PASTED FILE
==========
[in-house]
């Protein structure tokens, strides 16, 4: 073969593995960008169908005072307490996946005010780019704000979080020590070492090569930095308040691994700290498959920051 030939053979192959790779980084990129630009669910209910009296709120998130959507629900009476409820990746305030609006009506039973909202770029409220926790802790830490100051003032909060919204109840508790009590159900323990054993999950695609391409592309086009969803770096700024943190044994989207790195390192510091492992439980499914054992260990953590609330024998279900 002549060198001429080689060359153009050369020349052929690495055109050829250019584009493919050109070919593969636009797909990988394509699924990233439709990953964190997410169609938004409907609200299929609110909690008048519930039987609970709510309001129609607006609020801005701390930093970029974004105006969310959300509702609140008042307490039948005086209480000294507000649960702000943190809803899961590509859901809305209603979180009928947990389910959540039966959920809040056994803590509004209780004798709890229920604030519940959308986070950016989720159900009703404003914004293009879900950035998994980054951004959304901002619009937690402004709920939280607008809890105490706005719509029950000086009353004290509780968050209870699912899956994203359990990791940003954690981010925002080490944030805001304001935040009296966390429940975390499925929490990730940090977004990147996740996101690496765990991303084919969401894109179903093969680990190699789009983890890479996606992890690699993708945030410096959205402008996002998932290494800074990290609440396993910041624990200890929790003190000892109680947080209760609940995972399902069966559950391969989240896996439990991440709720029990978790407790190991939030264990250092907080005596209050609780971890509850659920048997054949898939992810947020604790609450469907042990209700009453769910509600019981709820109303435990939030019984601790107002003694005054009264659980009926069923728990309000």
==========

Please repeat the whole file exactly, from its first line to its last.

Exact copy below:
[in-house]
């Protein structure tokens, strides 16, 4: 073969593995960008169908005072307490996946005010780019704000979080020590070492090569930095308040691994700290498959920051 030939053979192959790779980084990129630009669910209910009296709120998130959507629900009476409820990746305030609006009506039973909202770029409220926790802790830490100051003032909060919204109840508790009590159900323990054993999950695609391409592309086009969803770096700024943190044994989207790195390192510091492992439980499914054992260990953590609330024998279900 002549060198001429080689060359153009050369020349052929690495055109050829250019584009493919050109070919593969636009797909990988394509699924990233439709990953964190997410169609938004409907609200299929609110909690008048519930039987609970709510309001129609607006609020801005701390930093970029974004105006969310959300509702609140008042307490039948005086209480000294507000649960702000943190809803899961590509859901809305209603979180009928947990389910959540039966959920809040056994803590509004209780004798709890229920604030519940959308986070950016989720159900009703404003914004293009879900950035998994980054951004959304901002619009937690402004709920939280607008809890105490706005719509029950000086009353004290509780968050209870699912899956994203359990990791940003954690981010925002080490944030805001304001935040009296966390429940975390499925929490990730940090977004990147996740996101690496765990991303084919969401894109179903093969680990190699789009983890890479996606992890690699993708945030410096959205402008996002998932290494800074990290609440396993910041624990200890929790003190000892109680947080209760609940995972399902069966559950391969989240896996439990991440709720029990978790407790190991939030264990250092907080005596209050609780971890509850659920048997054949898939992810947020604790609450469907042990209700009453769910509600019981709820109303435990939030019984601790107002003694005054009264659980009926069923728990309000």